How to Store Cheese

Step away from the plastic wrap...

Your cheese needs to stay in tip-top condition from the moment it leaves the shop until it enters your mouth. That’s why we wrap each wedge we cut for you in cheese paper—not plastic.

Saran Wrap. Cling Film. Plastic Wrap. Whatever you call it, this popular alternative is just not very good for your cheese. Cheese left in plastic wrap can take on nasty smells, unpleasant flavours, slimy textures, and weird moulds you definitely don’t want to eat.

It’s alive!
Cheese needs to breathe. While not exactly a living animal, it’s alive with lots of living moulds and bacteria. Those beneficial organisms need to breath to do their job—making the cheese delicious.

When these little organisms are sealed in plastic wrap and deprived of oxygen, they die. And as you may have noticed, dead things smell pretty bad. (RIP, little buddies.)

Stay hydrated (but not too hydrated)
Cheese also needs to stay moist, but it’s a delicate balance. Too much moisture—like when it’s sealed in plastic wrap—leads to slimy cheese and discolouration. Too little moisture dries out the cheese leading to an unappealing hard and crusty texture.

Ideally, you need to wrap your cheese in something that will hold in some of the moisture, while allowing some air to come into contact with the cheese. That’s where cheese paper comes in.

What is cheese paper?
Cheese paper is a type of specialized wrapping paper with a very thin moisture-proof coating applied. By wrapping the cheese in cheese paper, a lot of the moisture is held in while it’s allowed to breathe through the seams and folds of the wrapping.

Cheese paper extends the life of your cheese. Soft cheeses like brie will last up to a week, while harder cheeses will stay in good condition even longer.

If you don’t have cheese paper handy, you can replicate the cozy environment it creates. Wrap your cheese in parchment paper or waxed paper. Then place your bundle of cheese in a zipper top bag, but leave the top unsealed. This will keep enough moisture in without suffocating your cheese.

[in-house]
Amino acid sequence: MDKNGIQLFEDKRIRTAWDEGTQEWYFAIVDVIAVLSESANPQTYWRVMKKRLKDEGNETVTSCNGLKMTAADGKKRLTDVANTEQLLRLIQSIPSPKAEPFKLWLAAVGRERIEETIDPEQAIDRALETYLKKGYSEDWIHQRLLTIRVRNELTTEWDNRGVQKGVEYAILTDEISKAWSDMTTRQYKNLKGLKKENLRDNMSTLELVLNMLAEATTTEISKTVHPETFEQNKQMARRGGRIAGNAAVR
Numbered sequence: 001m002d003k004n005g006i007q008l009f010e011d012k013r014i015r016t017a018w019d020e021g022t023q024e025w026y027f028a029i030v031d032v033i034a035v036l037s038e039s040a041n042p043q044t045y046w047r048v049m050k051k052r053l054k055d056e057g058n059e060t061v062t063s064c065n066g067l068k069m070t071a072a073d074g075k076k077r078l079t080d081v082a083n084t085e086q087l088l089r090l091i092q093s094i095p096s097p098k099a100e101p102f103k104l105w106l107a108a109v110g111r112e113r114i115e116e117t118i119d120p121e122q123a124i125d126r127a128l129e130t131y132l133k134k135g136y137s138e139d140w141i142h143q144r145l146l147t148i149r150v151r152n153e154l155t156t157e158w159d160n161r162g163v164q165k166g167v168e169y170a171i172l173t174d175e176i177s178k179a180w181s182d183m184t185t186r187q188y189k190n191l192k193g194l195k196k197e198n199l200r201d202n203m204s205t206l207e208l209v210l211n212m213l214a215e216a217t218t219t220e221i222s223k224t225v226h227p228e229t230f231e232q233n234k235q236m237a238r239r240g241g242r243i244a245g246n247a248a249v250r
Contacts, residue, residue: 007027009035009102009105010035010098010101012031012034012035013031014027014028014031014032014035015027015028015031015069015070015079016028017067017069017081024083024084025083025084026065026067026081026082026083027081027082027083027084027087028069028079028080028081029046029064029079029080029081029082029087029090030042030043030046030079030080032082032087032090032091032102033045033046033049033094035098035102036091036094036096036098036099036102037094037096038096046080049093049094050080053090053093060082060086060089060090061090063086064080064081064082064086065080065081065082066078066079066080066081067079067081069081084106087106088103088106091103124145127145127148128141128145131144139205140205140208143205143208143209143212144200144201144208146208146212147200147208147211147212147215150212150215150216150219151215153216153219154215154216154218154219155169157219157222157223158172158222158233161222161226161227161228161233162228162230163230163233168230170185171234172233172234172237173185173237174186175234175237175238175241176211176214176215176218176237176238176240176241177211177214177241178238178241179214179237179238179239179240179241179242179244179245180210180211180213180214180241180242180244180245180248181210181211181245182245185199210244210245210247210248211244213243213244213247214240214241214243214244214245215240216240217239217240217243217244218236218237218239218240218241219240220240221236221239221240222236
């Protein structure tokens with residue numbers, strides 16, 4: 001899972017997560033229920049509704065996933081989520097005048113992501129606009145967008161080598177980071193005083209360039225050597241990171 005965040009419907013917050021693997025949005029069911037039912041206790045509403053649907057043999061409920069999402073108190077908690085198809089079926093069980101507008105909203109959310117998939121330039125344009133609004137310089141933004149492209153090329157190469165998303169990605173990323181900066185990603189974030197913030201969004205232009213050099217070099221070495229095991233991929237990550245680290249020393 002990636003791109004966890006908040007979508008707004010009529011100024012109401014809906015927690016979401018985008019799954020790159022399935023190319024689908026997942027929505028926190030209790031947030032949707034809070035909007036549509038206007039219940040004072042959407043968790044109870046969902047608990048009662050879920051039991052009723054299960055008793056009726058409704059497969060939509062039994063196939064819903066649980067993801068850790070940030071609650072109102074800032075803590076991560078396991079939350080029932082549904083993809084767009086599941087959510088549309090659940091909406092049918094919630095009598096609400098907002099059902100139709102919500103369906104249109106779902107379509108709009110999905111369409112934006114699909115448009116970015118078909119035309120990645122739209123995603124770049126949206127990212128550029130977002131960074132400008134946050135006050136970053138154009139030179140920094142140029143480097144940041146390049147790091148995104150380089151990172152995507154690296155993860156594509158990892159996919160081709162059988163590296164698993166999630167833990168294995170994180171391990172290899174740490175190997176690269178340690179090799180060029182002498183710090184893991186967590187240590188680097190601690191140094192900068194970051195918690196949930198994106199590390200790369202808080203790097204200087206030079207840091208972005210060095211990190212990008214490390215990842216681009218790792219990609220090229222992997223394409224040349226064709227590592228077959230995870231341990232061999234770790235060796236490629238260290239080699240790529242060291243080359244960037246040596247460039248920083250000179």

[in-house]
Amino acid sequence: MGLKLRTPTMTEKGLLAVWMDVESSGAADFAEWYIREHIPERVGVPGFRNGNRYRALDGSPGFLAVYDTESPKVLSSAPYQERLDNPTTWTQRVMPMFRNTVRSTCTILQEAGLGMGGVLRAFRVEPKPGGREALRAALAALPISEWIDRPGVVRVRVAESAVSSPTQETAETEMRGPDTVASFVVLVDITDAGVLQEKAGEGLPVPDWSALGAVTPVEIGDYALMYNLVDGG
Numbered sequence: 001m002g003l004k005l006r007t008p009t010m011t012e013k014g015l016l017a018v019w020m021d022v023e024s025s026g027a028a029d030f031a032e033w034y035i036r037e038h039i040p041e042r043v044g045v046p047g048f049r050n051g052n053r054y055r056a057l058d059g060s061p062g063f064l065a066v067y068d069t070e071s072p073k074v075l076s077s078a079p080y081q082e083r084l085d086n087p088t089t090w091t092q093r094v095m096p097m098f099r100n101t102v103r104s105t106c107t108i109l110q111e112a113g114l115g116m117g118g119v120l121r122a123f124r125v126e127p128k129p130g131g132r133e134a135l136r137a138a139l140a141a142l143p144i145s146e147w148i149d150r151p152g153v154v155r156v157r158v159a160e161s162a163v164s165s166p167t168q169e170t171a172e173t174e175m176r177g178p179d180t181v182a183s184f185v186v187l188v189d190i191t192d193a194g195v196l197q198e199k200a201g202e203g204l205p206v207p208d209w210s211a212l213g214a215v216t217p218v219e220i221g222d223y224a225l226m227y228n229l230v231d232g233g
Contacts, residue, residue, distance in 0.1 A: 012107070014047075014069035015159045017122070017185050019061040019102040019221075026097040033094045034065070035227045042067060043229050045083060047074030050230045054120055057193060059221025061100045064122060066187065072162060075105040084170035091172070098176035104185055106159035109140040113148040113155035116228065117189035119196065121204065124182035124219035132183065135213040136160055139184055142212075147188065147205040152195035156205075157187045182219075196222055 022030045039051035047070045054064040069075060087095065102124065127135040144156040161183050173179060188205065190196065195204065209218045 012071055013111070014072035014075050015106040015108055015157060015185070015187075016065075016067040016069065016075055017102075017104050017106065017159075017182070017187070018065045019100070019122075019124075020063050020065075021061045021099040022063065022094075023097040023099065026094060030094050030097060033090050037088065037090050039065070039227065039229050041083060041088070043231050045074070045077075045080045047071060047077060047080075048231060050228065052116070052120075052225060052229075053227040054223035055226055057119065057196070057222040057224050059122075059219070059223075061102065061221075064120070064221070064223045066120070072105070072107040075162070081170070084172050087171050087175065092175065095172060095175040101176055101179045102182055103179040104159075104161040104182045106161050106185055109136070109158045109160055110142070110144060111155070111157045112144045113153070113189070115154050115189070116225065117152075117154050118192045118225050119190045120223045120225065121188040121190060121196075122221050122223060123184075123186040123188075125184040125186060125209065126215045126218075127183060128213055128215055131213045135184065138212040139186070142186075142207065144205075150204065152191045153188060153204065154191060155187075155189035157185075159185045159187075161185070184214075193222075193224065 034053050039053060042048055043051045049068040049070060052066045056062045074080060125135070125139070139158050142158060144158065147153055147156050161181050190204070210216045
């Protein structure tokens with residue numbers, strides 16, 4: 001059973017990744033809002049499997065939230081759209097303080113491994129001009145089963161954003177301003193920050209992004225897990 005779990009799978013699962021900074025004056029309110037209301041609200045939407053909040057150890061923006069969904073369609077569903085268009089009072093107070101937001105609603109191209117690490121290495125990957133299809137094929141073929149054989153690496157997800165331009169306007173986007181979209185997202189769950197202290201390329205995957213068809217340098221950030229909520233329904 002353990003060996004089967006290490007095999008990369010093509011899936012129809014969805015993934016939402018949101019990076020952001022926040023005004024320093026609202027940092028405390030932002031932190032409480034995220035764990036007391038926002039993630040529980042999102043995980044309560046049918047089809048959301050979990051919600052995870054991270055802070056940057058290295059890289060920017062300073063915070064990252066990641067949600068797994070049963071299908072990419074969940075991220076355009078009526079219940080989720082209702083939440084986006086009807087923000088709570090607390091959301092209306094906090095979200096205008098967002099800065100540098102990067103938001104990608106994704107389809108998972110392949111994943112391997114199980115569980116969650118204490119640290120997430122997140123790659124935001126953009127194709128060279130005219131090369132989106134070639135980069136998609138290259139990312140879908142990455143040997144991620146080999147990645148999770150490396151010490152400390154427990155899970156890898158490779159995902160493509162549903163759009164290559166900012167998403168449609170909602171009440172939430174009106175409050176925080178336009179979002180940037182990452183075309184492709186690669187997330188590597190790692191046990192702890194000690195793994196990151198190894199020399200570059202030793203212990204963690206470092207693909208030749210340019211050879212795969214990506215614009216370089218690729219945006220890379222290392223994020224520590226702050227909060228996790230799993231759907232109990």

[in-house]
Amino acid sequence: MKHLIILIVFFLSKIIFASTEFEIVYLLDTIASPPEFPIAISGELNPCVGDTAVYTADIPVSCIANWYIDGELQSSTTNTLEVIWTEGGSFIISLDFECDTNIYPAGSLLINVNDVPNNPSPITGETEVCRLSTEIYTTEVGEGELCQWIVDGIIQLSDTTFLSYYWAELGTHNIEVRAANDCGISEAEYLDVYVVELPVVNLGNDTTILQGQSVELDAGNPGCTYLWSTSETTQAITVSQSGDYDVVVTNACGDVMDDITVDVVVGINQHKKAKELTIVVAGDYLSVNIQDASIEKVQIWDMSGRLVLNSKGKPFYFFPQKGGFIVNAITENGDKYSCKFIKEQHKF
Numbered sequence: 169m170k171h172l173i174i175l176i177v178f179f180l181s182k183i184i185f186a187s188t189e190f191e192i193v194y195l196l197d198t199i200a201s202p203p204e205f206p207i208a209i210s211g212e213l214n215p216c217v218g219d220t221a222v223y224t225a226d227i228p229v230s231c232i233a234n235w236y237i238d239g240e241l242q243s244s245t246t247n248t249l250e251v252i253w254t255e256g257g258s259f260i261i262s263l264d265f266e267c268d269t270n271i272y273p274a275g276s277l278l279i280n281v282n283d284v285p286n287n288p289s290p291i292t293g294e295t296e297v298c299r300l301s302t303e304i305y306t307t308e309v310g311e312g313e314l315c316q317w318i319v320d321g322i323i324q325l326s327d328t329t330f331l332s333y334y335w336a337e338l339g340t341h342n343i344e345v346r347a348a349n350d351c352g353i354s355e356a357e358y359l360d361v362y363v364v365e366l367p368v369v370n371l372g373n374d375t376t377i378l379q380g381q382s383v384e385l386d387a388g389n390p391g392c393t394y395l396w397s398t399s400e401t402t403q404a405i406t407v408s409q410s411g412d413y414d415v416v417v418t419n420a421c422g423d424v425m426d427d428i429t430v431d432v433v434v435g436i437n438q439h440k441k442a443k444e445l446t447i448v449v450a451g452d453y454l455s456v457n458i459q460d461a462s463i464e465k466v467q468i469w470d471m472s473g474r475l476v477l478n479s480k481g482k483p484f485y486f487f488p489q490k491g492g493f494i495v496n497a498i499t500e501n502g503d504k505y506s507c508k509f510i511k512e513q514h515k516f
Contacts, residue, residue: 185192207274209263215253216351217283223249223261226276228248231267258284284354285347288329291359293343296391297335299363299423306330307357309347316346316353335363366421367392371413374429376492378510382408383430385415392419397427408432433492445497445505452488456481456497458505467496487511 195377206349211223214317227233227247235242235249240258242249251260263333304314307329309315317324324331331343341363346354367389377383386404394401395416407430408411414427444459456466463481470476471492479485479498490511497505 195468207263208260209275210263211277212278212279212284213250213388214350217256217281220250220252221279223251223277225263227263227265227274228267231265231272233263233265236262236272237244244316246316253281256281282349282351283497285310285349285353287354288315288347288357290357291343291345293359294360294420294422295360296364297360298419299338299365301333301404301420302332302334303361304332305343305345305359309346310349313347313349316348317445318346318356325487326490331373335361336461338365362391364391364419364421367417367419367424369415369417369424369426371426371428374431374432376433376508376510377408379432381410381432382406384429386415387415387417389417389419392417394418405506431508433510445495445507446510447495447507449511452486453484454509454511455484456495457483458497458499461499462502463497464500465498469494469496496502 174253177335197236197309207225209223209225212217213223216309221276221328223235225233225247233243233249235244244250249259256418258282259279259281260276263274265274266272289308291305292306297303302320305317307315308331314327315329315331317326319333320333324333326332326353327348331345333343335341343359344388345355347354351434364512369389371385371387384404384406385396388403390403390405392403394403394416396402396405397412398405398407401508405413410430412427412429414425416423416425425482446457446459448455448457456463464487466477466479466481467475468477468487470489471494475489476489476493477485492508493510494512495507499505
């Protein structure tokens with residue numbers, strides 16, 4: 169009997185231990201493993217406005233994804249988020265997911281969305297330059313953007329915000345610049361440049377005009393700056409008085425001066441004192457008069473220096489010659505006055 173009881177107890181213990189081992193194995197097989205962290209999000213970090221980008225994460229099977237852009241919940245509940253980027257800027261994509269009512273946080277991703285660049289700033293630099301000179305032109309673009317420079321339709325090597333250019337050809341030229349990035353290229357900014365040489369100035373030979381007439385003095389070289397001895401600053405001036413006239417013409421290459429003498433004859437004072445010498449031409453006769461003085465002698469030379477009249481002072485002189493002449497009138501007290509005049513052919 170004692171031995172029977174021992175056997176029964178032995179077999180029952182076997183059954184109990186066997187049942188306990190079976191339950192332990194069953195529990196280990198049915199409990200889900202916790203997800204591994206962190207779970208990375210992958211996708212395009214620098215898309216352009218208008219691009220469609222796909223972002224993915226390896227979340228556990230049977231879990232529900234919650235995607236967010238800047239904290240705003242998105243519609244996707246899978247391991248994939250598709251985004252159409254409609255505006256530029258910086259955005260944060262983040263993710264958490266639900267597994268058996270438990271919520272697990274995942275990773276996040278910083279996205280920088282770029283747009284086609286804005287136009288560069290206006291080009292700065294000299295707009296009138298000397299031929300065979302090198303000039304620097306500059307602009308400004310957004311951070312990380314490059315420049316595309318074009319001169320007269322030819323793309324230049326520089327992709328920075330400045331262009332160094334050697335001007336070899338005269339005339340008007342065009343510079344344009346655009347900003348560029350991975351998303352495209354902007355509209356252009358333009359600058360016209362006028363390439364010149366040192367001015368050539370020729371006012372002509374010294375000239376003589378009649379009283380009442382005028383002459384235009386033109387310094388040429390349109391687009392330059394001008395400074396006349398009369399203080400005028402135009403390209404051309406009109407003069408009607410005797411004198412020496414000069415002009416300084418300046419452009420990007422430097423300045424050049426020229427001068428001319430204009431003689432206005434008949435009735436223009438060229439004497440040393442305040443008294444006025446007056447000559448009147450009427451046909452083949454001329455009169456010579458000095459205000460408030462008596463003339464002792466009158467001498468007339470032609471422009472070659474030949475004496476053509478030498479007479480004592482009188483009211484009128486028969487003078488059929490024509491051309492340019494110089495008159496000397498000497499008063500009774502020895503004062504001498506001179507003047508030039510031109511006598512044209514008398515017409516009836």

Re-usable bee's wax wrap is also a good alternative, although mild cheeses may take on a slight honey flavour for obvious reasons. Just follow the usual precaution of never using wrap that has previously stored meat.

We’re not hypocrites
All this being said, a day or two in plastic wrap won’t likely harm your cheese. That’s why we can get away with using plastic wrap for the cheese we display in the shop.

We change the wrap several times each day giving the cheese a chance to breathe. We’re also constantly cutting a new fresh face on each piece of cheese. Basically, our cheese doesn’t sit in plastic long enough to take on any plastic flavours or suffocated rinds.

Written by humans. This blog contains no AI-generated content.


  • Jane

    This is so helpful!! Thank you for sharing. I have been struggling with this for years!

  • Andrew @ TOMME

    YES! Totally forgot to mention bee’s wax wrap. It works well, too. Though you may get just a hint of honey infused into your cheese.

  • Billy

    Would bees wax wrap work?

  • D. Wheeler

    Very good info. Didn’t know I could use parchment paper inside an unsealed zip bag.

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